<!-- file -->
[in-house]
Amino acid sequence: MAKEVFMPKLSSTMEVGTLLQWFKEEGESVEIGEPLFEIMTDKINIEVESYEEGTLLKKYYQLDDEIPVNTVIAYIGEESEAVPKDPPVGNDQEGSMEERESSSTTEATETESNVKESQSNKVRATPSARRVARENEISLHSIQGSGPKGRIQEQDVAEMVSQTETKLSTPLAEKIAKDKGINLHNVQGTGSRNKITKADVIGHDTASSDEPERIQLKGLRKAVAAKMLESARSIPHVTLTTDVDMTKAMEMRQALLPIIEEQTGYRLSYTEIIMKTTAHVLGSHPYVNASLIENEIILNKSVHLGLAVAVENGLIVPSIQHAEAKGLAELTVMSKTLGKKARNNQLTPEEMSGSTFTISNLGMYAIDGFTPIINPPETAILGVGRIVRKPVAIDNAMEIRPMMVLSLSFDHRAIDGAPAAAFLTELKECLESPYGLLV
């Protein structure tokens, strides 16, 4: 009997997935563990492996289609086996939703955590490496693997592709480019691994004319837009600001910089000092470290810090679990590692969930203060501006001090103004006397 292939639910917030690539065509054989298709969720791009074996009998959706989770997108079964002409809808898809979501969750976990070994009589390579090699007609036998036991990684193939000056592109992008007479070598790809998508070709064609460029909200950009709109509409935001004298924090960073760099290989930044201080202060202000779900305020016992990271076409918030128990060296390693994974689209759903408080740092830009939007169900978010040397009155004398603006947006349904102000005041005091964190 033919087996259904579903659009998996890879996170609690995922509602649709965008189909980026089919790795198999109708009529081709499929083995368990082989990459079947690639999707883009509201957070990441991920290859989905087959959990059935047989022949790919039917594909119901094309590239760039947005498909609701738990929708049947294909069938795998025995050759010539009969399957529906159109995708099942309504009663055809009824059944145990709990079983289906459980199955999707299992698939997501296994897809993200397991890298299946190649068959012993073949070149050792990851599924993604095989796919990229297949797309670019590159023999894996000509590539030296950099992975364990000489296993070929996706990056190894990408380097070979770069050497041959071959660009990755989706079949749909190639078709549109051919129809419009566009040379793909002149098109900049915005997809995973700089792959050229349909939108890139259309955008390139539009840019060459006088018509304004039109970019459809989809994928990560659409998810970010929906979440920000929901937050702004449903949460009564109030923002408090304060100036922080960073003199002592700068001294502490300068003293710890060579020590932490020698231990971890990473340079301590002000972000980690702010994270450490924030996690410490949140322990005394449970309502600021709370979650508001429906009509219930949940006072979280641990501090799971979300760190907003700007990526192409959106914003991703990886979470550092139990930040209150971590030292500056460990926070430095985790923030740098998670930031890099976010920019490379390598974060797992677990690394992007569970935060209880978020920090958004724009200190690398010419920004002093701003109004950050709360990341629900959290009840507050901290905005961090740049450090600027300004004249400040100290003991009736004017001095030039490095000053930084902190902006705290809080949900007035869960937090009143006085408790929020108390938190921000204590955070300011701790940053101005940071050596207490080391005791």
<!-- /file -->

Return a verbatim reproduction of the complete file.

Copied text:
[in-house]
Amino acid sequence: MAKEVFMPKLSSTMEVGTLLQWFKEEGESVEIGEPLFEIMTDKINIEVESYEEGTLLKKYYQLDDEIPVNTVIAYIGEESEAVPKDPPVGNDQEGSMEERESSSTTEATETESNVKESQSNKVRATPSARRVARENEISLHSIQGSGPKGRIQEQDVAEMVSQTETKLSTPLAEKIAKDKGINLHNVQGTGSRNKITKADVIGHDTASSDEPERIQLKGLRKAVAAKMLESARSIPHVTLTTDVDMTKAMEMRQALLPIIEEQTGYRLSYTEIIMKTTAHVLGSHPYVNASLIENEIILNKSVHLGLAVAVENGLIVPSIQHAEAKGLAELTVMSKTLGKKARNNQLTPEEMSGSTFTISNLGMYAIDGFTPIINPPETAILGVGRIVRKPVAIDNAMEIRPMMVLSLSFDHRAIDGAPAAAFLTELKECLESPYGLLV
């Protein structure tokens, strides 16, 4: 009997997935563990492996289609086996939703955590490496693997592709480019691994004319837009600001910089000092470290810090679990590692969930203060501006001090103004006397 292939639910917030690539065509054989298709969720791009074996009998959706989770997108079964002409809808898809979501969750976990070994009589390579090699007609036998036991990684193939000056592109992008007479070598790809998508070709064609460029909200950009709109509409935001004298924090960073760099290989930044201080202060202000779900305020016992990271076409918030128990060296390693994974689209759903408080740092830009939007169900978010040397009155004398603006947006349904102000005041005091964190 033919087996259904579903659009998996890879996170609690995922509602649709965008189909980026089919790795198999109708009529081709499929083995368990082989990459079947690639999707883009509201957070990441991920290859989905087959959990059935047989022949790919039917594909119901094309590239760039947005498909609701738990929708049947294909069938795998025995050759010539009969399957529906159109995708099942309504009663055809009824059944145990709990079983289906459980199955999707299992698939997501296994897809993200397991890298299946190649068959012993073949070149050792990851599924993604095989796919990229297949797309670019590159023999894996000509590539030296950099992975364990000489296993070929996706990056190894990408380097070979770069050497041959071959660009990755989706079949749909190639078709549109051919129809419009566009040379793909002149098109900049915005997809995973700089792959050229349909939108890139259309955008390139539009840019060459006088018509304004039109970019459809989809994928990560659409998810970010929906979440920000929901937050702004449903949460009564109030923002408090304060100036922080960073003199002592700068001294502490300068003293710890060579020590932490020698231990971890990473340079301590002000972000980690702010994270450490924030996690410490949140322990005394449970309502600021709370979650508001429906009509219930949940006072979280641990501090799971979300760190907003700007990526192409959106914003991703990886979470550092139990930040209150971590030292500056460990926070430095985790923030740098998670930031890099976010920019490379390598974060797992677990690394992007569970935060209880978020920090958004724009200190690398010419920004002093701003109004950050709360990341629900959290009840507050901290905005961090740049450090600027300004004249400040100290003991009736004017001095030039490095000053930084902190902006705290809080949900007035869960937090009143006085408790929020108390938190921000204590955070300011701790940053101005940071050596207490080391005791």